In his article in Science - The Wire, writer and activist Nityanand Jayaraman linked notes from the ‘Recommendation Report’ and ‘Site Inspection Report’ filed by Chennai’s Wildlife Warden on January 23.

In these notes, the Wildlife Warden explained his proposal to denotify the two-kilometre buffer zone. Stating that the area to be denotified comprises private, patta and poramboke lands, the note mentions that during nesting season, the birds use only the lake area. He concludes, thus, that denotifying this area would not have any negative impact on the sanctuary. Rather, it would only have a positive impact on the local community, he notes.

Instead, “they will be free from restrictions on land conversion, own house construction and any other personal activities in the Sanctuary,” the Warden adds in his note.

“…It is proposed that, for the main lake area of 29.51 ha, surrounding 5 kms zonation of Vedanthangal Bird Sanctuary may be brought down to 3 kms in which first 1 km zone may be notified as Core Zone including main lake/tank and next 2 kms may be notified as Buffer Zone (Annexure III). And, outer 2 kms zonation of the existing 5 kms boundary shall be de-notified. (sic),” reads the Recommendation Report.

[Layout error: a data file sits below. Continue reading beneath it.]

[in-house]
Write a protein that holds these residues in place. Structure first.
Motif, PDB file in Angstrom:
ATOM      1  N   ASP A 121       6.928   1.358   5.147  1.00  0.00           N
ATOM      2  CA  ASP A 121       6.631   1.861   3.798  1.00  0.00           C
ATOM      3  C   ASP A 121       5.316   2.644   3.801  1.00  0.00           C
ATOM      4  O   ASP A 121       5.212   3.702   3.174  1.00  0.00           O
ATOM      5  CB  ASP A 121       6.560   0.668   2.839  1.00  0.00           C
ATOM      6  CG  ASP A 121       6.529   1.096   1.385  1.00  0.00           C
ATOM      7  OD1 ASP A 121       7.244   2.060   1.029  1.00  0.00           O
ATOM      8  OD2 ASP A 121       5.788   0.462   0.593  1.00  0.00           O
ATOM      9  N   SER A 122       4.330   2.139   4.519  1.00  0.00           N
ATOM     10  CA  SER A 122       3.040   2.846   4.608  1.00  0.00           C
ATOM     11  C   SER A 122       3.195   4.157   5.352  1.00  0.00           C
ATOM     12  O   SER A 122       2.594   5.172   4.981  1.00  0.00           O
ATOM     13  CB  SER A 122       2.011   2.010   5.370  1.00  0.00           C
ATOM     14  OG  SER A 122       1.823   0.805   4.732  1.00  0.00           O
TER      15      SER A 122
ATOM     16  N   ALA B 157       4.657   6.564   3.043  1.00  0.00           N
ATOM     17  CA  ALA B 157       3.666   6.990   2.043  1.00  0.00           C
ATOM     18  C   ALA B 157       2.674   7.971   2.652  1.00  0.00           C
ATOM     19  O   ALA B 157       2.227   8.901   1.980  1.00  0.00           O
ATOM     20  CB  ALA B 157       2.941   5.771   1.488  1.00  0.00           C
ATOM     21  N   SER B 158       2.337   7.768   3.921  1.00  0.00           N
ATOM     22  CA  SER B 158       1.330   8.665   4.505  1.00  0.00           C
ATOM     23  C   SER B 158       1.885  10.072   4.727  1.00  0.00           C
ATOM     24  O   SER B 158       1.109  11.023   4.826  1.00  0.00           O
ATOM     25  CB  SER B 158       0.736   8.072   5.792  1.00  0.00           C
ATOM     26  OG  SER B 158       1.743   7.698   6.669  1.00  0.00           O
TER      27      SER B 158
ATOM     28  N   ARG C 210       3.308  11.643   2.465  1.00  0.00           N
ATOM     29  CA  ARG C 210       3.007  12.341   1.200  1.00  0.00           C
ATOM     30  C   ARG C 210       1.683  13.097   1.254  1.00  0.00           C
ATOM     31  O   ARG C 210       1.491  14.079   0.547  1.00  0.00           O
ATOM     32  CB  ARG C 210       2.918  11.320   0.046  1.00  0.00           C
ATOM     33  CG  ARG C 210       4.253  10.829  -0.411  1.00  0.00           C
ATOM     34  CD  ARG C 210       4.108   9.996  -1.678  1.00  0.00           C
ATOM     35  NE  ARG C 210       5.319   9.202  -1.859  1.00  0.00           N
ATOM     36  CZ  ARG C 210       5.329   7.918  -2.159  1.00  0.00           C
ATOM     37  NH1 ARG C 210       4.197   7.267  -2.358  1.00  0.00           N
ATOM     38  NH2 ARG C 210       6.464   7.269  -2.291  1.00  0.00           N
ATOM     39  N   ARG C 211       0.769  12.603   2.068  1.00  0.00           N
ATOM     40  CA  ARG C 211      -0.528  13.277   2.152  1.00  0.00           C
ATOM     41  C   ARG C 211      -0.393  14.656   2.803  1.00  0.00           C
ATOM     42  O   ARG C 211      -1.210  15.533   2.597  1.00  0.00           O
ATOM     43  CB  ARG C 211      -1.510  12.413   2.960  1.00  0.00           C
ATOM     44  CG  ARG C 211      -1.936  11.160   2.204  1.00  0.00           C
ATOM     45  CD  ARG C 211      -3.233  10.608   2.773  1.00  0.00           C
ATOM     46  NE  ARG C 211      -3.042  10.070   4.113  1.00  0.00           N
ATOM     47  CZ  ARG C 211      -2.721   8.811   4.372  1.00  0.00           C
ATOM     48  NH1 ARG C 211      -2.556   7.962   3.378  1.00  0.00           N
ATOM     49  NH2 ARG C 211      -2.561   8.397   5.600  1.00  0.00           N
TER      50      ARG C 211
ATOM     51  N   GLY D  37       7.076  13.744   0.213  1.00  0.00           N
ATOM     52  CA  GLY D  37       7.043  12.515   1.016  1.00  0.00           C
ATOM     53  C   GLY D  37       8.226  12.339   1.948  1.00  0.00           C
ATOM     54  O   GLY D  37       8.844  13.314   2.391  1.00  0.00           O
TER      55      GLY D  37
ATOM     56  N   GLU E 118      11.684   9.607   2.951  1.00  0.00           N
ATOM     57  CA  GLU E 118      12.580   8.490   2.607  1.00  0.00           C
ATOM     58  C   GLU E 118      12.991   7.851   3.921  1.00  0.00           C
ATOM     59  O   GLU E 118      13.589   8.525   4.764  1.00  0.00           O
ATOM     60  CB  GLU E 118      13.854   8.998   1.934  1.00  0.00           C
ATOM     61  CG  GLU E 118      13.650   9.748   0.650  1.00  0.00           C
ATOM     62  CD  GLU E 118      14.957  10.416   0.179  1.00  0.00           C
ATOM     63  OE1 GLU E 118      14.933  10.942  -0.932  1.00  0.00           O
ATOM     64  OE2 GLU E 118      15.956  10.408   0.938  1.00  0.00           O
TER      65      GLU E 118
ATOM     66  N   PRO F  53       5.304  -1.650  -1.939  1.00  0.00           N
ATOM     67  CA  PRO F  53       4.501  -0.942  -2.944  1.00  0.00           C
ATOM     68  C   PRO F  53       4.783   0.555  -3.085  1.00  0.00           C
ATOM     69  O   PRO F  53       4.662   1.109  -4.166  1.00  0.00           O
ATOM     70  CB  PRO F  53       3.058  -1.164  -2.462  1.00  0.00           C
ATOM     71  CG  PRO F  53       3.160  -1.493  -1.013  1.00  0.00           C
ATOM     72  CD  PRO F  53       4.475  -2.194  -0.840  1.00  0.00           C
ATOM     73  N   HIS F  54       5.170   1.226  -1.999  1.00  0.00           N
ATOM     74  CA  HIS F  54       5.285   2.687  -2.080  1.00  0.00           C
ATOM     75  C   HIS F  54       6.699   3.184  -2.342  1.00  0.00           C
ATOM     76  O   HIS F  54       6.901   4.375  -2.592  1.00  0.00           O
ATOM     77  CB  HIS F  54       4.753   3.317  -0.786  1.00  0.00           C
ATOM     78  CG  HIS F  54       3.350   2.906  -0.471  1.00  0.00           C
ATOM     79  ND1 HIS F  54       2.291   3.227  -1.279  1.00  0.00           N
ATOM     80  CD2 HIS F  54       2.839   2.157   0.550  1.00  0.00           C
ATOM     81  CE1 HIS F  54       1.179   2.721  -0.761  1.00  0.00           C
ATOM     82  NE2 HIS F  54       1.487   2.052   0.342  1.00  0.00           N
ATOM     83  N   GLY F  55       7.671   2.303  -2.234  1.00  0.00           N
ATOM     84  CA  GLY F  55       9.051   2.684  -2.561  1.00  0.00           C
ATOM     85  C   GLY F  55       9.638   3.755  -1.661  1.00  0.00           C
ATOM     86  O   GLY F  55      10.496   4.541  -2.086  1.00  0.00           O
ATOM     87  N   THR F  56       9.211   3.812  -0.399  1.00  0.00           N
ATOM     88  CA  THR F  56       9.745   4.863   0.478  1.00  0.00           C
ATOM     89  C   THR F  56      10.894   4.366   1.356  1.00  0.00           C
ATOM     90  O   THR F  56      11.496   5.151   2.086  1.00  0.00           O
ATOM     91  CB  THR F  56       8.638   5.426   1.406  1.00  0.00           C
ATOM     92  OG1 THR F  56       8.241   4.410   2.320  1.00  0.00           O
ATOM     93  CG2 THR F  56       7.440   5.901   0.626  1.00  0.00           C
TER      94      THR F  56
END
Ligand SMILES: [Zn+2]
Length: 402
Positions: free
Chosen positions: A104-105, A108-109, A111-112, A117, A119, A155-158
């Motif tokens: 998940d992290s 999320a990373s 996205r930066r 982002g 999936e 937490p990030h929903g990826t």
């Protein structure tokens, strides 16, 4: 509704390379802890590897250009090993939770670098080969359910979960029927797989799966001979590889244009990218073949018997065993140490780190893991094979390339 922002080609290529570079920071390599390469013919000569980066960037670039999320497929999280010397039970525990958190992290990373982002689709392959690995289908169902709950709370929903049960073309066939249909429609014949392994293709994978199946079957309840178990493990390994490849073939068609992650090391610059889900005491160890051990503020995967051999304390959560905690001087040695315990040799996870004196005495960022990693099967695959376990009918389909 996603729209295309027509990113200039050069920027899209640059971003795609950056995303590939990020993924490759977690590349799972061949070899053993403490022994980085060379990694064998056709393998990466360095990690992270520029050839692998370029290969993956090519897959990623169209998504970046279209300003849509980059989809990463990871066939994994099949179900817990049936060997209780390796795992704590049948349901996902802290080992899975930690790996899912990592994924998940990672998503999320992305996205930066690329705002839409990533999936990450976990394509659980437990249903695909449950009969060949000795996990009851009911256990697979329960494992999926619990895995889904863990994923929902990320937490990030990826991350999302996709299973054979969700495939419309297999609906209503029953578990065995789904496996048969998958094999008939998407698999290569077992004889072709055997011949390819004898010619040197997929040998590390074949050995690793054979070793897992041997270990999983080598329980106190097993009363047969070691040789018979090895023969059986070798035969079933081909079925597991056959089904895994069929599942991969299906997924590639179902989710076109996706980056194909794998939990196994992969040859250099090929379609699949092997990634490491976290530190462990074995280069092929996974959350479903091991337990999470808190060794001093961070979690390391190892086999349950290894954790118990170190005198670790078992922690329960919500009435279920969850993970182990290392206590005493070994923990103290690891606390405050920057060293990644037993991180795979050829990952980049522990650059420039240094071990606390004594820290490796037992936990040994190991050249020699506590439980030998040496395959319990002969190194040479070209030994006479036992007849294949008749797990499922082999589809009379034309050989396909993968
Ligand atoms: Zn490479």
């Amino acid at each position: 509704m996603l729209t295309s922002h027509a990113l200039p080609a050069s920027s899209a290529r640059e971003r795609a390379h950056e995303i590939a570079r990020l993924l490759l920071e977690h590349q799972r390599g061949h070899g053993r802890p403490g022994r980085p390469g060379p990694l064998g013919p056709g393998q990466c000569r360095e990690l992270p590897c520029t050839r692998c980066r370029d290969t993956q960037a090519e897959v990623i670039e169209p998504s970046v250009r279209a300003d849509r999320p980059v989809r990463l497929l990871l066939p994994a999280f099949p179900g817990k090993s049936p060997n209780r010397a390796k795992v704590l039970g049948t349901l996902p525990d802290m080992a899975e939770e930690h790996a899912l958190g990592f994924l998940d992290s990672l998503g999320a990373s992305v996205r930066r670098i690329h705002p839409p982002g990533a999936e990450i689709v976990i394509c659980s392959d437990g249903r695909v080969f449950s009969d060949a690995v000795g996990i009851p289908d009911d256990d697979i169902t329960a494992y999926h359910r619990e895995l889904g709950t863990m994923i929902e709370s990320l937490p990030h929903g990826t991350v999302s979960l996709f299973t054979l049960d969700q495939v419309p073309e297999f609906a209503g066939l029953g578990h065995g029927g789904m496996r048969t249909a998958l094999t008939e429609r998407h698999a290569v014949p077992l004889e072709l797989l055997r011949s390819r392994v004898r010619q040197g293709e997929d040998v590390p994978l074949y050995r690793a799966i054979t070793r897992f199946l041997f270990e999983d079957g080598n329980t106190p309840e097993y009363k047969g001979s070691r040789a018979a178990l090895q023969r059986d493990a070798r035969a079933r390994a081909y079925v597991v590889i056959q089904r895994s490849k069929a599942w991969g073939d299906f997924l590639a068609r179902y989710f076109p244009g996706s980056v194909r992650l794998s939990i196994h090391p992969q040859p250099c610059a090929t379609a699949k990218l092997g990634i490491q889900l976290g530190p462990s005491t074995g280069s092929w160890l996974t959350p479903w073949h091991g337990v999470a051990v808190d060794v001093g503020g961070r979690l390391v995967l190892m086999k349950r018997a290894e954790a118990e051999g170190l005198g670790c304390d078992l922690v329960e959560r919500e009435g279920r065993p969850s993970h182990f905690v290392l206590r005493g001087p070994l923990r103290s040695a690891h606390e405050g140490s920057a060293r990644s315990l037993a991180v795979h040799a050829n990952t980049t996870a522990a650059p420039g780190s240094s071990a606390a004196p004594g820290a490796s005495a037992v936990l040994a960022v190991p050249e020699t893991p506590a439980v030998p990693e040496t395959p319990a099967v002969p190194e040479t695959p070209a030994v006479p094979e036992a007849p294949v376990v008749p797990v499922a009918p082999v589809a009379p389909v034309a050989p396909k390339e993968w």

On March 19, Principal Secretary to Government, Environment and Forests Department, Shambhu Kallolikar, wrote a letter to the National Board for Wildlife, recommending the proposal.

In order for any denotification request to be approved, the State Wildlife Board will have to approve and recommend it to the National Wildlife Board. Only if this request is approved by the NWB can the state government subsequently issue an order to denotify the area under the Wildlife Protection Act.

The reports provoked outrage. Environmental activists and conservationists highlighted the threat to the Bird Sanctuary, the ecosystem around it and the effect on water bodies.

The denial

However, on Monday, four days after the TNIE article was published, Sun Pharma, the pharmaceutical company that was reportedly looking to expand its operation inside the sanctuary area, tweeted a statement. It claimed that it had no plans to expand its manufacturing operations inside the sanctuary.

“The company is not buying any additional land either near the plant or inside the sanctuary,” read their statement. Sun Pharma’s facility in Maduranthakam is among their six Active Pharmaceutical Ingredients (API) manufacturing sites in the country.